Every day at 4:30, I dance to electronic music on Pandora. Dancing is how I de-stress. At the end of my work day, right before I switch into my mommy day, I shake my ass as fast as I can in my kitchen. My daughter thinks I’m crazy, but sometimes she’ll join in. Occasionally, a Tango rhythm will come on and I’ll pretend that I’m dancing with Maksim Chmerkovsky (and that man can dance a tango!).

We forget to play when we grow up, and before we know it the burdens of life drag us down like quicksand. It seems we only remember to be silly when we’re on vacation, or drunk. Why not do something ridiculous every day, like Tweeting about #DWTS or dancing for 30 minutes in your kitchen? Ridiculous is good for you. Silly lightens the load. Just ask any 10 year old practicing ballet moves all alone in her room. What is better than dance to make you feel alive?

Night Clubs and Friendship

Have you ever been to a fancy nightclub, the kind you see on TV filled with young and beautiful people dancing to electronic music, overseen by a DJ who is worshipped by the crowd? I have. I hated it.

To be fair, I probably hated it because I was there just three weeks after I’d been dosed, so my tolerance for drunk, hip people was low. And it really wasn’t my scene; what the hell was this middle aged babe doing in a club filled beyond capacity with gorgeous 22 year olds? I was invited by a much younger friend who has spent a lot of time dancing to ear shattering music under black lights. I love new experiences, so I decided to go for the adventure. When I was younger, I was too broke to go out, especially to a dance club to hear a new DJ. So there I was, wandering a brand new club in high heels and a woman’s tuxedo, feeling 80 years old.

The club was a maze of dance floors with a raised area for the DJ to create his magic. A long, well lit bar crammed with people screaming for drinks was the most visible landmark. The rest of the club was dark, illuminated only by hundreds of multi-colored lights that swam across the ceiling, the floor and the crowd in time to the music. The girls wore the uniform of the hip and cool: clinging short dresses and platform high heels. The boys dressed with more variety, but every one looked rich. Several Go-Go dancers performed on blocks, waving light wands that changed color.  The moment you stepped into the room, you were punched in the chest with music and confused by the swirl of movement.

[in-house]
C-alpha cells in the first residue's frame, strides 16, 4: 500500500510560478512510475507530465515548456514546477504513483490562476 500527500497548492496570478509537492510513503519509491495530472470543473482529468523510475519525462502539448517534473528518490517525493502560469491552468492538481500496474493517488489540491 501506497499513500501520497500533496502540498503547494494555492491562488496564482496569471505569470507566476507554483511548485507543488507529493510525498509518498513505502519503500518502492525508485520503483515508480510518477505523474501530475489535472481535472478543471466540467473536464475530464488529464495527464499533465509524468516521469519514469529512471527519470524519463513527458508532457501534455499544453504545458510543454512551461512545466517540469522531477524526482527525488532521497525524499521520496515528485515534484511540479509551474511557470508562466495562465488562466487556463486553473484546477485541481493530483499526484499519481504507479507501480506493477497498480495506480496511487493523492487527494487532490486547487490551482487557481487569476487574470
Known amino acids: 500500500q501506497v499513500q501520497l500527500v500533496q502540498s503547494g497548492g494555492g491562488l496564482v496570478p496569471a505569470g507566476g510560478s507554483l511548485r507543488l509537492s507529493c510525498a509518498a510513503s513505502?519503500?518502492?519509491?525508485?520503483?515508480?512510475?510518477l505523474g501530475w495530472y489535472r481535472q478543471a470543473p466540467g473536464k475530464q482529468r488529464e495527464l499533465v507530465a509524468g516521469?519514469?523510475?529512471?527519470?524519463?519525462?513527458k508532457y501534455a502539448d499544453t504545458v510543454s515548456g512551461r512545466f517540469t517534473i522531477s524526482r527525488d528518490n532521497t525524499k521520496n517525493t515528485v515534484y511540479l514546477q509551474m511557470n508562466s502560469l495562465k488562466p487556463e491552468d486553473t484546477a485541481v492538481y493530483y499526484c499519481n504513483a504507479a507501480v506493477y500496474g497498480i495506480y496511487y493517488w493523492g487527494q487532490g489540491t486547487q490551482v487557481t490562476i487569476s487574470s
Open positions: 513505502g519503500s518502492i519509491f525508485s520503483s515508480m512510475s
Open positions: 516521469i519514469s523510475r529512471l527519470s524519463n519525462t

As we shoved our way through the crowd (it was too crowded to actually dance), I saw roped off VIP areas adorned with scantily clad young women. Many were passed out on velvet couches. People kept dancing and drinking, ignoring the girls who were so messed up they could actually sleep despite the primal thump of the drum machine. Why didn’t anyone help them? One girl had her short sequined dress pulled up over her hips, exposing her tiny lace panties. Why didn’t someone pull her skirt back down? Where were her friends? Her date? Her mother?

That’s when I knew I was waaaaaaaay too old for an ultra hip dance club. Every one of these girls could by my daughter. That boy with his arm slung over the shoulder of that girl wobbling on too high heels could be my son. If he were, I’d kick his butt for not taking better care of his date.

Later, when I asked my friend why no one helped those passed out girls, she just laughed. Why should they? It’s every girl for herself in a club like that and if you’re dumb enough to get that messed up, you’re on your own.

I felt so sorry for my young friend. When I go out with friends, I know they all have my back. On the night I got dosed, three friends came to my rescue; no one left me lying on the floor. My young friend has actually been left on a couch, passed out and unable to defend herself, while her friends laughed at her. When she went out with me and my friends, she was shocked by how much we cared for each other. Her feet hurt and a friend of mine helped her. I drank too much, and another friend held my arm so I wouldn’t fall down. If anyone had thrown up that night, at least two friends would have come to the rescue. That’s just what friends do.

When I was young, I had wanted to go to clubs and party and dance all night, but I had to work to pay for college. I envied the cool crowd with their gorgeous clothes and spending money. But maybe that world wasn’t so cool. The people are lovely, the music intense, the decor beautiful, but the attitude is cutthroat. Going to a club is like playing a vicious game of King of the Mountain with the winner being whoever is most beautiful and can drink the most without falling down.

I think I’ll hang out with friends my own age, preferably in the wine bar like the middle aged chick I am. Being young and hip is far too dangerous.